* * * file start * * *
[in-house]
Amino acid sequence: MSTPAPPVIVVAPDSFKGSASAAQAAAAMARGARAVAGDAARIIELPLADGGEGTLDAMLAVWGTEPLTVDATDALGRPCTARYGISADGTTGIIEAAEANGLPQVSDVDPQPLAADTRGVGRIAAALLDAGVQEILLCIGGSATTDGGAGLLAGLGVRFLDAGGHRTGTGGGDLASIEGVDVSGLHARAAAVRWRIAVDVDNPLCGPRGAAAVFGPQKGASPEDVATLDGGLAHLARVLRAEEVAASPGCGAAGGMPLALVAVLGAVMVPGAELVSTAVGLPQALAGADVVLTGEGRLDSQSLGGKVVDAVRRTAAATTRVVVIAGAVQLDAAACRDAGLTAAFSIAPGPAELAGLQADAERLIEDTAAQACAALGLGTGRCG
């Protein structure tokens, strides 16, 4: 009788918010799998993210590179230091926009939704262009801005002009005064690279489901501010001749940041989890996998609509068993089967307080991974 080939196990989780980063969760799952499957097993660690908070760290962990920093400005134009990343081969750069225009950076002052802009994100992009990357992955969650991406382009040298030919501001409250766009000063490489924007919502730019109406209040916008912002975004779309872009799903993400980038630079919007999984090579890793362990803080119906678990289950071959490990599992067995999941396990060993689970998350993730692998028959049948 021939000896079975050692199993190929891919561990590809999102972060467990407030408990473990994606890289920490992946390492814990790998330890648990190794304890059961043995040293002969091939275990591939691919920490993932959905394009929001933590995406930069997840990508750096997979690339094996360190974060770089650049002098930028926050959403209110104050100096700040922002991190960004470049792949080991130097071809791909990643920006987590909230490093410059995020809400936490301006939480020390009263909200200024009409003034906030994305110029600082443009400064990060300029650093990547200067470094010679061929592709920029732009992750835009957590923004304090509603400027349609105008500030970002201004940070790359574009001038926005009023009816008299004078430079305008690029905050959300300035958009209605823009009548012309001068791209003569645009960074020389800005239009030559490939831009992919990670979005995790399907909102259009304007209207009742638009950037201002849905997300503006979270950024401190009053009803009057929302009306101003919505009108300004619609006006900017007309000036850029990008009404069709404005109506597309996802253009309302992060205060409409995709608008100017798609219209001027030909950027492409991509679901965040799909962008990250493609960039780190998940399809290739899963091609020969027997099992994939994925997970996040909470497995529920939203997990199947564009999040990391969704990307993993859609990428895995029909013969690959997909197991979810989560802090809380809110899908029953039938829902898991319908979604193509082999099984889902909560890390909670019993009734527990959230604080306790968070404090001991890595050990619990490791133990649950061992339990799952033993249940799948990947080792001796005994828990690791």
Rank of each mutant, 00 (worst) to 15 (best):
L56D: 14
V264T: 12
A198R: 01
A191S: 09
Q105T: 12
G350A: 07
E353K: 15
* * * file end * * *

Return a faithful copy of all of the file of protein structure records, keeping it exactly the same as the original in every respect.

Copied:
[in-house]
Amino acid sequence: MSTPAPPVIVVAPDSFKGSASAAQAAAAMARGARAVAGDAARIIELPLADGGEGTLDAMLAVWGTEPLTVDATDALGRPCTARYGISADGTTGIIEAAEANGLPQVSDVDPQPLAADTRGVGRIAAALLDAGVQEILLCIGGSATTDGGAGLLAGLGVRFLDAGGHRTGTGGGDLASIEGVDVSGLHARAAAVRWRIAVDVDNPLCGPRGAAAVFGPQKGASPEDVATLDGGLAHLARVLRAEEVAASPGCGAAGGMPLALVAVLGAVMVPGAELVSTAVGLPQALAGADVVLTGEGRLDSQSLGGKVVDAVRRTAAATTRVVVIAGAVQLDAAACRDAGLTAAFSIAPGPAELAGLQADAERLIEDTAAQACAALGLGTGRCG
């Protein structure tokens, strides 16, 4: 009788918010799998993210590179230091926009939704262009801005002009005064690279489901501010001749940041989890996998609509068993089967307080991974 080939196990989780980063969760799952499957097993660690908070760290962990920093400005134009990343081969750069225009950076002052802009994100992009990357992955969650991406382009040298030919501001409250766009000063490489924007919502730019109406209040916008912002975004779309872009799903993400980038630079919007999984090579890793362990803080119906678990289950071959490990599992067995999941396990060993689970998350993730692998028959049948 021939000896079975050692199993190929891919561990590809999102972060467990407030408990473990994606890289920490992946390492814990790998330890648990190794304890059961043995040293002969091939275990591939691919920490993932959905394009929001933590995406930069997840990508750096997979690339094996360190974060770089650049002098930028926050959403209110104050100096700040922002991190960004470049792949080991130097071809791909990643920006987590909230490093410059995020809400936490301006939480020390009263909200200024009409003034906030994305110029600082443009400064990060300029650093990547200067470094010679061929592709920029732009992750835009957590923004304090509603400027349609105008500030970002201004940070790359574009001038926005009023009816008299004078430079305008690029905050959300300035958009209605823009009548012309001068791209003569645009960074020389800005239009030559490939831009992919990670979005995790399907909102259009304007209207009742638009950037201002849905997300503006979270950024401190009053009803009057929302009306101003919505009108300004619609006006900017007309000036850029990008009404069709404005109506597309996802253009309302992060205060409409995709608008100017798609219209001027030909950027492409991509679901965040799909962008990250493609960039780190998940399809290739899963091609020969027997099992994939994925997970996040909470497995529920939203997990199947564009999040990391969704990307993993859609990428895995029909013969690959997909197991979810989560802090809380809110899908029953039938829902898991319908979604193509082999099984889902909560890390909670019993009734527990959230604080306790968070404090001991890595050990619990490791133990649950061992339990799952033993249940799948990947080792001796005994828990690791």
Rank of each mutant, 00 (worst) to 15 (best):
L56D: 14
V264T: 12
A198R: 01
A191S: 09
Q105T: 12
G350A: 07
E353K: 15